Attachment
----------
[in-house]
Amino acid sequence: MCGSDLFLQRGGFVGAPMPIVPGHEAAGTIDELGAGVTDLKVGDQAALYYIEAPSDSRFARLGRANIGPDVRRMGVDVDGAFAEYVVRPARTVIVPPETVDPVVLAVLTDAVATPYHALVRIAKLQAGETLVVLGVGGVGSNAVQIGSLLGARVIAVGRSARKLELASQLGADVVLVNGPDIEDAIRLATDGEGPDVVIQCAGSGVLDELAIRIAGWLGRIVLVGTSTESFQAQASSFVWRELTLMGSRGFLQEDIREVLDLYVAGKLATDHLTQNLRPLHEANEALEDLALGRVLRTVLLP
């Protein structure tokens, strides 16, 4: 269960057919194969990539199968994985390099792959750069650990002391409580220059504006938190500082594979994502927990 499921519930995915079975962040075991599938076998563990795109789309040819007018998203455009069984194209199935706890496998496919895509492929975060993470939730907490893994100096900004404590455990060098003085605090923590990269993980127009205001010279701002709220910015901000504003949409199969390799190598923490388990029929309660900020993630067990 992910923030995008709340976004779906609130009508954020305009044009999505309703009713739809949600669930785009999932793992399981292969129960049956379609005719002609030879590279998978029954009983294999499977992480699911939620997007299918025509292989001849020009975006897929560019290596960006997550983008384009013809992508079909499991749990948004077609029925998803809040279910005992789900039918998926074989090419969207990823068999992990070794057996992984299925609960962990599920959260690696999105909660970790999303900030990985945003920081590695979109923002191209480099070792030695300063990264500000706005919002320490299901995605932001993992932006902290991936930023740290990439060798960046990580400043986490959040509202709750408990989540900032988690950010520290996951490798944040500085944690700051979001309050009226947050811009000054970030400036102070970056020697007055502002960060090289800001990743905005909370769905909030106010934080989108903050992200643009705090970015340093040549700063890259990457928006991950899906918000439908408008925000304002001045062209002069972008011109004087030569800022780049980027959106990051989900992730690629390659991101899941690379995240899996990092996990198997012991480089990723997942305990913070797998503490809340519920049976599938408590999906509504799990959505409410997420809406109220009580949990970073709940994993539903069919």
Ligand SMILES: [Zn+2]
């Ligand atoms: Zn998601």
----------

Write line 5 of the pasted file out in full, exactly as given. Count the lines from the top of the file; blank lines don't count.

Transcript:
């Ligand atoms: Zn998601």